If You See a Dog Locked in a Hot Car This Summer, Say Something.

People who leave their dogs in hot cars is one of my biggest pet peeves.

Every year I go out of my mind when I see or hear of someone who left their dog in their car on a hot summer day to run into the store.

In the past I have been known to confront these complete strangers with a not so friendly greeting when they arrived back at their automobile that housed an overheated, panting dog, running around in their car.

Some of these conversations are more pleasant than others.

I have seen it in all different areas, Target being the biggest hot spot in my area.  It never fails that I go into Target with no cars parked next to me and I come out to a mini van parked right next to me with a dog locked inside.

Seriously, it happened more than 4 times times last summer.

I finally decided to go to Walmart instead, where, if I might add, no one parked next to me with a dog locked in a hot car.

I’ve been reading a lot of post this summer where bloggers are trying to spread the word that this kind of behavior is just not cool.  I love that we are spreading the word and trying to get the message across, but let’s face it, despite what I want to believe not everyone reads blogs.

However, almost everyone watches T.V. or listens to the radio, so I get excited when I see or hear about not leaving dogs in hot cars on one of those media outlets.

So why are people still doing it?

Based on the conversation that I had with a client at the vet the other day, I don’t think they understand what really happens to a dogs body when they are hot and locked in a car, and we need to paint them a picture.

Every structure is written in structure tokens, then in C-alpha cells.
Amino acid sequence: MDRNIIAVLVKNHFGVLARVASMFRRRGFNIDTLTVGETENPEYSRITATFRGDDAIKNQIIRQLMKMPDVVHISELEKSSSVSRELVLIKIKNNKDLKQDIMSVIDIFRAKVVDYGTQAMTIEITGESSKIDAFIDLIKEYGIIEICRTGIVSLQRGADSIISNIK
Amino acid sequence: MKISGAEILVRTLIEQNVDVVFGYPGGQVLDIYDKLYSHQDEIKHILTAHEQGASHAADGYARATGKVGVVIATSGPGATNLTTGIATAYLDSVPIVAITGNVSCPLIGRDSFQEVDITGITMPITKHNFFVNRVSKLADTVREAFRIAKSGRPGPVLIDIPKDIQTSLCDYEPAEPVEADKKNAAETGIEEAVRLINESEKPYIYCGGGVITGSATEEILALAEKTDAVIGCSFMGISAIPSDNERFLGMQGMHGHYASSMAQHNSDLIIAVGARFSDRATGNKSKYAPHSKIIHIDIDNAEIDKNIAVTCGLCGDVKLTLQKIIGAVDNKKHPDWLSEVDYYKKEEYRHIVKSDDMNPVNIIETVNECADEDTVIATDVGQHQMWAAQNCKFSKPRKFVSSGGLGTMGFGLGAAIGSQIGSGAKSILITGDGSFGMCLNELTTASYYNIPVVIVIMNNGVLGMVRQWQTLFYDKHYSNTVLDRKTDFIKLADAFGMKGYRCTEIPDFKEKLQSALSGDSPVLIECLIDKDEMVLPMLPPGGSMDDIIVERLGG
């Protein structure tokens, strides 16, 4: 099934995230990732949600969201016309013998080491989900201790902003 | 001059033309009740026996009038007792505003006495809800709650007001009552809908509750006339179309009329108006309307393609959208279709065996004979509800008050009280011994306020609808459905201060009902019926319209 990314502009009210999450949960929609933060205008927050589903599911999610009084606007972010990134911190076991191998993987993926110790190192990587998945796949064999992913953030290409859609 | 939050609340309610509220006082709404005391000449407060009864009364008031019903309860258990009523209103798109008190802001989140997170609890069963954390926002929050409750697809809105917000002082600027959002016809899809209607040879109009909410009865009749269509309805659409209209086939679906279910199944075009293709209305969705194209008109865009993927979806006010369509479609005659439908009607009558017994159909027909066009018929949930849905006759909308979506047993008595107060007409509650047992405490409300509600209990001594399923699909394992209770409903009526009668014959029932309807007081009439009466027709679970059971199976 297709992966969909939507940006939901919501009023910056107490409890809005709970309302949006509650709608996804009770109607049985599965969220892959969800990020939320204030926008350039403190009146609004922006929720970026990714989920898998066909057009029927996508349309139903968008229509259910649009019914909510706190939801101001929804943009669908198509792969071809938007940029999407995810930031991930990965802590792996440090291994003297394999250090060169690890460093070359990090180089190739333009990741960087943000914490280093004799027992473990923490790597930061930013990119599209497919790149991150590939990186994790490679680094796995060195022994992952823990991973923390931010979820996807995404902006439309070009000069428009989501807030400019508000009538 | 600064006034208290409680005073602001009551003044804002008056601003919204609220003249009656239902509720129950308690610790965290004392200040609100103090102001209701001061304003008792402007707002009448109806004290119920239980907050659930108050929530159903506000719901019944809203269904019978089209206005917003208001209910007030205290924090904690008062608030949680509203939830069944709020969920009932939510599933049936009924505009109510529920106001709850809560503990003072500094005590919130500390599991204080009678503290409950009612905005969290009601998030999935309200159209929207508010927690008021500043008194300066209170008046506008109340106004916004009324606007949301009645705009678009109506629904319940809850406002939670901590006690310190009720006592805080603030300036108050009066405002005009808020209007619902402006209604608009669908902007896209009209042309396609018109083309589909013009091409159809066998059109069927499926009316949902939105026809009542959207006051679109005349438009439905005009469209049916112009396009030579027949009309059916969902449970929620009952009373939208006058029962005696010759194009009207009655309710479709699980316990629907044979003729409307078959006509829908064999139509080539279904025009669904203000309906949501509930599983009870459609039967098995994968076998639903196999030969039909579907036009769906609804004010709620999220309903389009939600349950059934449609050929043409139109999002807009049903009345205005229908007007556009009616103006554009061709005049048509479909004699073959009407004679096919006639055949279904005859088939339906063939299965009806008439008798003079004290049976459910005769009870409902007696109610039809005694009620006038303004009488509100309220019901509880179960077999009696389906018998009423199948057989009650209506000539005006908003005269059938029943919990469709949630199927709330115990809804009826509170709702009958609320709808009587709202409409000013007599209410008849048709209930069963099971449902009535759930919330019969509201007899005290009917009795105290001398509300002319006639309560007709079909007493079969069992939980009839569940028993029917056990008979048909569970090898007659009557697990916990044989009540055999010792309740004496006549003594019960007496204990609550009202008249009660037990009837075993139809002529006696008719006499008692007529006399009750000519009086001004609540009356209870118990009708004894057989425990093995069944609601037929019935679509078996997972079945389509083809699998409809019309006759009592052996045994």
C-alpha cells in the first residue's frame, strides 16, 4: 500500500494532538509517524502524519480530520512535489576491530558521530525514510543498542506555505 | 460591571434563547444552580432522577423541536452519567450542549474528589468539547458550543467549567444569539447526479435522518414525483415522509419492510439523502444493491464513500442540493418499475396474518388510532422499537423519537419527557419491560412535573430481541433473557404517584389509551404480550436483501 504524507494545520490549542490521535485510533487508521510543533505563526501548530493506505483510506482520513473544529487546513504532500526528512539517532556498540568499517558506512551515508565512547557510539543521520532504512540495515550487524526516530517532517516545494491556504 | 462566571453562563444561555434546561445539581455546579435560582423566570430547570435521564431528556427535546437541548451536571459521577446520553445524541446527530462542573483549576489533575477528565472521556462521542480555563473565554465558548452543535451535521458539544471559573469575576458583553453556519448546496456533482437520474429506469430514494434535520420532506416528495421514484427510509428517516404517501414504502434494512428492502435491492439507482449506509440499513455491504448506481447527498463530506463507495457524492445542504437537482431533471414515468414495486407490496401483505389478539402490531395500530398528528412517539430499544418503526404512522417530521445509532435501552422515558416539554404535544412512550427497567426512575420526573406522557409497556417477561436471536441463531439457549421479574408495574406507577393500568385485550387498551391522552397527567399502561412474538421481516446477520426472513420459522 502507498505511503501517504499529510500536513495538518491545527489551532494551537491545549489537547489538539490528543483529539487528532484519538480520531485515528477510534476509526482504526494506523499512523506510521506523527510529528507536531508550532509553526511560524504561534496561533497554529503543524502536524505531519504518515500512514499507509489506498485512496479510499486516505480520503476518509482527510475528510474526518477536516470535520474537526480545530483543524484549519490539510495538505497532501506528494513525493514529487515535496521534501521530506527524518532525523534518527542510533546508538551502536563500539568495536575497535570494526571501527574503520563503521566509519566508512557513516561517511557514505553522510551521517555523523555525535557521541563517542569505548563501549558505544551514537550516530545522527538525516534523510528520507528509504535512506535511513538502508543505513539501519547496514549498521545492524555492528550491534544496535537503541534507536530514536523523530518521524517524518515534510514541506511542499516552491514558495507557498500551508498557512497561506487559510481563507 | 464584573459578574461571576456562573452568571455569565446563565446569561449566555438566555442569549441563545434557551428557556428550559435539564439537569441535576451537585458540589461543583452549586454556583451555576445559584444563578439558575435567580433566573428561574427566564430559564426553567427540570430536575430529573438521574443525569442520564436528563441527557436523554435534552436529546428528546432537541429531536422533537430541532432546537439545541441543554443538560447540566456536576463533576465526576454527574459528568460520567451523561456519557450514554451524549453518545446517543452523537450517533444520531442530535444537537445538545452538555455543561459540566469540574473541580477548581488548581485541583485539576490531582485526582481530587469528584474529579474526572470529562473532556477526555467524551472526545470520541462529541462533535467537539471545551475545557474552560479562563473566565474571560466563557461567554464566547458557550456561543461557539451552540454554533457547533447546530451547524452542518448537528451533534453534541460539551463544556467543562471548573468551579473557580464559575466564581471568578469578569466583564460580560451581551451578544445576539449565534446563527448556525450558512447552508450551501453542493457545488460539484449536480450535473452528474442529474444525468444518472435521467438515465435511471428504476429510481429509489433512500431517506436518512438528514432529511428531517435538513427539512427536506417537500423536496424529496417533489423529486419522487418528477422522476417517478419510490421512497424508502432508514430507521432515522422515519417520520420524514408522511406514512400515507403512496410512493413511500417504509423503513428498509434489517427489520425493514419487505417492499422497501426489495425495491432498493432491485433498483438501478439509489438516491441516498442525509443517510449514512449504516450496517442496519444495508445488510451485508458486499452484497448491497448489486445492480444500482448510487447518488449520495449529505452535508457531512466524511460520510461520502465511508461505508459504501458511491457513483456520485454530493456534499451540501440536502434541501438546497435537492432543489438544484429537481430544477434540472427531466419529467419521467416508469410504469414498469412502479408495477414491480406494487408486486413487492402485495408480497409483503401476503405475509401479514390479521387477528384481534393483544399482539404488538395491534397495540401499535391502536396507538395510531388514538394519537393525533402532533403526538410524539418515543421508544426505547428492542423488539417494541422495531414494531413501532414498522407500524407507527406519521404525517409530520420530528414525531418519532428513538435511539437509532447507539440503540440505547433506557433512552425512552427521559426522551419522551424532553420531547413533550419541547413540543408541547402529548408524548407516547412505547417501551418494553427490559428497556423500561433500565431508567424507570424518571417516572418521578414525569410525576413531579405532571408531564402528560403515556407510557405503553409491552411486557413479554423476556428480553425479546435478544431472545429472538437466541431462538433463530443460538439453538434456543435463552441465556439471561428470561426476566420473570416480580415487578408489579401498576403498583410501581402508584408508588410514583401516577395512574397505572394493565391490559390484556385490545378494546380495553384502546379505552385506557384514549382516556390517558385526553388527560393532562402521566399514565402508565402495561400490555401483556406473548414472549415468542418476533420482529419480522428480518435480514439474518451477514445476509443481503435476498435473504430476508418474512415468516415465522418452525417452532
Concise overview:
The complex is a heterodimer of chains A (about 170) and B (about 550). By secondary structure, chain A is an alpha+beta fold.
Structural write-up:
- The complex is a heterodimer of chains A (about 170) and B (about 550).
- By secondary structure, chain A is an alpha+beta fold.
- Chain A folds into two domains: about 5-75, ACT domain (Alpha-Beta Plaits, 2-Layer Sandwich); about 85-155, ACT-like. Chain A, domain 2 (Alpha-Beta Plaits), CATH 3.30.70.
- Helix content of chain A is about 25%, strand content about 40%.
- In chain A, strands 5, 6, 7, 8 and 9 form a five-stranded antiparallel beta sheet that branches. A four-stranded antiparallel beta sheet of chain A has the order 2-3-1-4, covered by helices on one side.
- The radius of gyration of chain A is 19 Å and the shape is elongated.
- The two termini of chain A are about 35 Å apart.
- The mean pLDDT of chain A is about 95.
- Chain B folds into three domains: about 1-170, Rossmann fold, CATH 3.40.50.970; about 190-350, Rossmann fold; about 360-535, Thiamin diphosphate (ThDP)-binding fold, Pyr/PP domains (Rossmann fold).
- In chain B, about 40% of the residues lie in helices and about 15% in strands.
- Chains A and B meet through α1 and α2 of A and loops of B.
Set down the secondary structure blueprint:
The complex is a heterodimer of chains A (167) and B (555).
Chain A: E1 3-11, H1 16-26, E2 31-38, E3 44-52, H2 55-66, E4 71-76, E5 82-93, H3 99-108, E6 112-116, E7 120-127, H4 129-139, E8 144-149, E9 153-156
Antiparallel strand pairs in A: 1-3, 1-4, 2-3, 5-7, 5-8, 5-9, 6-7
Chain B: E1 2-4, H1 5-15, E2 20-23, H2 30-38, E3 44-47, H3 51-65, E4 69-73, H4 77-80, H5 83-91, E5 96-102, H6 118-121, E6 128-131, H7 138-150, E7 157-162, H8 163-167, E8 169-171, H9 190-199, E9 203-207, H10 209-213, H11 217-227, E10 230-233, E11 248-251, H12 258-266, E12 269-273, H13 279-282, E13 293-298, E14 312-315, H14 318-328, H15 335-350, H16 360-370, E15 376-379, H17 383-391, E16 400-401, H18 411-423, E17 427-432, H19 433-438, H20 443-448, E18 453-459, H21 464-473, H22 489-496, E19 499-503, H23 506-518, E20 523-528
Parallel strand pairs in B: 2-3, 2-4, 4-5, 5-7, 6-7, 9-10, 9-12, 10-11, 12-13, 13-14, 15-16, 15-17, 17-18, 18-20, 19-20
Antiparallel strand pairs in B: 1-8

My conversation went a little something like this:

Client: I left my dog in the car the other day when I ran into the mall. After all, the dog loves to lay in the sun, so he’s perfectly fine in the car for a few minutes, or twenty. Right?

Me:Um, no. Laying in the sun is totally different than being locked in a hot car.

Client:How so??

Me:Your dog can get up and move when he gets hot laying in the sun. He can’t get out of a hot car:

First,  your car is like an oven in the summer. Would you sit in an oven?

No, you would not.

Second, unlike you, your dog does not cool himself by sweating. They sweat yes, but through the pads on the bottom of their feet.  They pant to regulate body temperature. By panting, a dog can cool the mouth and tongue, along with blood which is circulating through the head, keeping the body temperature at a safe and normal level. The closer the temperature of a car is to the dog’s body temperature, the more likely the dog is to overheat and die.

Third, a dogs normal body temperature is higher than ours. A normal temp for a dog can range between 101-103 degrees Fahrenheit. At 105 degrees a dog can be at serious risk for heatstroke. Going from 103 to 105 degrees can happen in the matter of minutes for a dog locked in a hot car. 106 to 107 degrees your dog may be close to brain damage.

At 105 degrees your dog is beginning to panic and now his cells are in the process of breaking down which leads to dehydration and blood thickening which is putting strain on the heart which may cause blood clots and death to vital organs. The liver, brain and intestinal cells will probably be the first to go.

So while your inside the mall picking out an outfit for Friday night, your dogs insides are literally cooking in your car.

Is that outfit really worth it?

Client: (stunned) I had the windows cracked open.

Me: Doesn’t matter. Still HOT.

Client: I had no idea it worked that way.

Me: It does, and your lucky your dog is safe. 

I have no idea why people don't think their dog will get hot when locked in a car.

This summer if you see a dog locked in a car, please stand up and say something.

Education is key. Keep spreading the word and if your up for it-paint a picture.

 

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